The Jays squared off against the Texas Rangers in a highly anticipated rematch of last year’s thrilling ALDS.  For Toronto fans hoping that the much hyped series would breath some life into the moribund Blue Jays, they certainly got their wish.  After losing a tough one on Monday, the Jays bounced back with two straight walk-off wins.  On Tuesday, Justin Smoak tied the game with a HR in the 9th and then won it with a bomb in the the 10th.  On Wednesday, Edwin Encarnacion tied the game with a 2-run shot in the 6th before Russell Martin delivered a walk-off single in the 9th.  Then on Thursday, finally, at long last, the bats awoke.  Toronto pounded Derek Holland, tagging him with 11 ER in only 2.2 IP, and finished the game with 12 runs on 15 hits – both season highs.  For the first time in 2016 the Blue Jays resembled the team that dominated baseball last season.

  1. ……Two Steps Back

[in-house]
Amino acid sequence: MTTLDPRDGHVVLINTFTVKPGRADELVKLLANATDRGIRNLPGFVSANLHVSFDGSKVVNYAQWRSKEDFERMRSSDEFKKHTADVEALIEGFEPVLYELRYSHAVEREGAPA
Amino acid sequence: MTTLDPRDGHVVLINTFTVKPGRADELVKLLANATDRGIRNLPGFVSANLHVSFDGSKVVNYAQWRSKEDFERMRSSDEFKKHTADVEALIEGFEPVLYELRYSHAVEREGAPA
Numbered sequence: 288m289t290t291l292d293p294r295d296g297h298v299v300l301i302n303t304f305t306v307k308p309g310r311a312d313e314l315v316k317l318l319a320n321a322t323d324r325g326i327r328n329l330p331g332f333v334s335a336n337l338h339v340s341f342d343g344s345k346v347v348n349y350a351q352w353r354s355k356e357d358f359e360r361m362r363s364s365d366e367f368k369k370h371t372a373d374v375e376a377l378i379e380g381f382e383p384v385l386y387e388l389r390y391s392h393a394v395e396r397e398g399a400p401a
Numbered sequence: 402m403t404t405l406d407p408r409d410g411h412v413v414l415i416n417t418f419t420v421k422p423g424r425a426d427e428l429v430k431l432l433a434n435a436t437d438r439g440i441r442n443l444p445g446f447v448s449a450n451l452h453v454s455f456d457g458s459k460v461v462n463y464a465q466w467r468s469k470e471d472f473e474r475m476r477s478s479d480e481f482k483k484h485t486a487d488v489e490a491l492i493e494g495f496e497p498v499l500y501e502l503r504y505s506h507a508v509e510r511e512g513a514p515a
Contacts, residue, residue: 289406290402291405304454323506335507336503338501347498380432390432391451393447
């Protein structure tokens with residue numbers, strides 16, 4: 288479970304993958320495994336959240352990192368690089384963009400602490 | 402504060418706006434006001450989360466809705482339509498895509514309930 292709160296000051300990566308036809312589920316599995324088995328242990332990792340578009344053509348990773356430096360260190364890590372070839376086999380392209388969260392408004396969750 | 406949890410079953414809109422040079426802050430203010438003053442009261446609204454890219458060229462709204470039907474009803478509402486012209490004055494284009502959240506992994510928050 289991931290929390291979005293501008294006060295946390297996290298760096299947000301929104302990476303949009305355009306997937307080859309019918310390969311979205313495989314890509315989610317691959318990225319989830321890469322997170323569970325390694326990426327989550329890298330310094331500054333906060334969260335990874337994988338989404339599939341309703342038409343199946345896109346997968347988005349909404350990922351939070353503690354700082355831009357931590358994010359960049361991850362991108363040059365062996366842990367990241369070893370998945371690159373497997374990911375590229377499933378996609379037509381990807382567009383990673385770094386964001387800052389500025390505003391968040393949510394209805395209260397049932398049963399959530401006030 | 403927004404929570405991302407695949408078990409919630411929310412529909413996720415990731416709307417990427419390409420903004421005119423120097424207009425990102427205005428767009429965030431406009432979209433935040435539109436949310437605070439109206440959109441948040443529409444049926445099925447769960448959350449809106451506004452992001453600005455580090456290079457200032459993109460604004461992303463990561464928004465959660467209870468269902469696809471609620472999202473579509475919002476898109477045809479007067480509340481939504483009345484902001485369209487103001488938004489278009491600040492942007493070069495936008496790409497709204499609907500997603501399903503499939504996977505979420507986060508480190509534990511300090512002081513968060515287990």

And then, just as quickly as the 2015 offense re-appeared, it vanished.  The Dodgers came to town and held the Jays to only 9 runs and 14 hits over the three game weekend series.  With Clayton Kershaw starting on Saturday afternoon, offensive struggles would have been expected in one game, but the vaunted Jays offense was thoroughly held in check on Sunday by rookie Ross Stripling.  But what’s of a bigger concern has to be Toronto’s bullpen.  Nursing a 2-1 lead in the 8th inning, Drew Storen entered the game and promptly gave up a walk and a double.  Not even the great Osuna could escape that jam.  LA took the lead before padding it in the 9th off of Chavez, Girodo, and Floyd.  Toronto has now lost seven times when leading or tied in the 8th inning, a terrible and unexpected result when considering the revamped bullpen.  Now with Brett Cecil heading to the paternity list, things might get worse before they get better.